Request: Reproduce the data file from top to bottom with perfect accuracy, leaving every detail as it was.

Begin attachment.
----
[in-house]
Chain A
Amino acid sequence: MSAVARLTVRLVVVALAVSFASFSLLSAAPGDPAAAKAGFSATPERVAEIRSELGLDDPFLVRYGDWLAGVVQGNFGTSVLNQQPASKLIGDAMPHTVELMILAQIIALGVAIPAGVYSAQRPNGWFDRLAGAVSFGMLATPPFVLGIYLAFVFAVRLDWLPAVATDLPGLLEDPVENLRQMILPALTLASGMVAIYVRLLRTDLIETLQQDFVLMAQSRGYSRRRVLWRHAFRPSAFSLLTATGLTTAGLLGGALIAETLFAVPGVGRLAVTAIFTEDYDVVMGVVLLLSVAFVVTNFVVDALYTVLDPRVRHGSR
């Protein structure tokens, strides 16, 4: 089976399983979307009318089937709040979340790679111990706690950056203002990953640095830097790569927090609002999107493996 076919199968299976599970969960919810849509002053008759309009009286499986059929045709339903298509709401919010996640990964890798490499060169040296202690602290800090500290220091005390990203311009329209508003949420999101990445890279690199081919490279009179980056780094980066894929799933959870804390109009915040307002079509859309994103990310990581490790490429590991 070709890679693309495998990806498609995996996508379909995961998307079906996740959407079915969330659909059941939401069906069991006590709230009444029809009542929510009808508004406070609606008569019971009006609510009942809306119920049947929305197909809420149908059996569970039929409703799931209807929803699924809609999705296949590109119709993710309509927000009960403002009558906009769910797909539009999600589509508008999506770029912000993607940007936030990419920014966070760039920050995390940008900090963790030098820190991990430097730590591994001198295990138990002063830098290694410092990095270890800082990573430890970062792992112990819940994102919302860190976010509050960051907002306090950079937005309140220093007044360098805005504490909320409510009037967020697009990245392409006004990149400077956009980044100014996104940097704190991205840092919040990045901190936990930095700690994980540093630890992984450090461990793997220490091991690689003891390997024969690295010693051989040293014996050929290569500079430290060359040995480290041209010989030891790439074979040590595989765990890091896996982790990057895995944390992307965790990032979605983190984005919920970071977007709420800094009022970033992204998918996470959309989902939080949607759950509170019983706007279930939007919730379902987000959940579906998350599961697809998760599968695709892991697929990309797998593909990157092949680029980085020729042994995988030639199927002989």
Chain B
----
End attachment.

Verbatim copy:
[in-house]
Chain A
Amino acid sequence: MSAVARLTVRLVVVALAVSFASFSLLSAAPGDPAAAKAGFSATPERVAEIRSELGLDDPFLVRYGDWLAGVVQGNFGTSVLNQQPASKLIGDAMPHTVELMILAQIIALGVAIPAGVYSAQRPNGWFDRLAGAVSFGMLATPPFVLGIYLAFVFAVRLDWLPAVATDLPGLLEDPVENLRQMILPALTLASGMVAIYVRLLRTDLIETLQQDFVLMAQSRGYSRRRVLWRHAFRPSAFSLLTATGLTTAGLLGGALIAETLFAVPGVGRLAVTAIFTEDYDVVMGVVLLLSVAFVVTNFVVDALYTVLDPRVRHGSR
């Protein structure tokens, strides 16, 4: 089976399983979307009318089937709040979340790679111990706690950056203002990953640095830097790569927090609002999107493996 076919199968299976599970969960919810849509002053008759309009009286499986059929045709339903298509709401919010996640990964890798490499060169040296202690602290800090500290220091005390990203311009329209508003949420999101990445890279690199081919490279009179980056780094980066894929799933959870804390109009915040307002079509859309994103990310990581490790490429590991 070709890679693309495998990806498609995996996508379909995961998307079906996740959407079915969330659909059941939401069906069991006590709230009444029809009542929510009808508004406070609606008569019971009006609510009942809306119920049947929305197909809420149908059996569970039929409703799931209807929803699924809609999705296949590109119709993710309509927000009960403002009558906009769910797909539009999600589509508008999506770029912000993607940007936030990419920014966070760039920050995390940008900090963790030098820190991990430097730590591994001198295990138990002063830098290694410092990095270890800082990573430890970062792992112990819940994102919302860190976010509050960051907002306090950079937005309140220093007044360098805005504490909320409510009037967020697009990245392409006004990149400077956009980044100014996104940097704190991205840092919040990045901190936990930095700690994980540093630890992984450090461990793997220490091991690689003891390997024969690295010693051989040293014996050929290569500079430290060359040995480290041209010989030891790439074979040590595989765990890091896996982790990057895995944390992307965790990032979605983190984005919920970071977007709420800094009022970033992204998918996470959309989902939080949607759950509170019983706007279930939007919730379902987000959940579906998350599961697809998760599968695709892991697929990309797998593909990157092949680029980085020729042994995988030639199927002989």
Chain B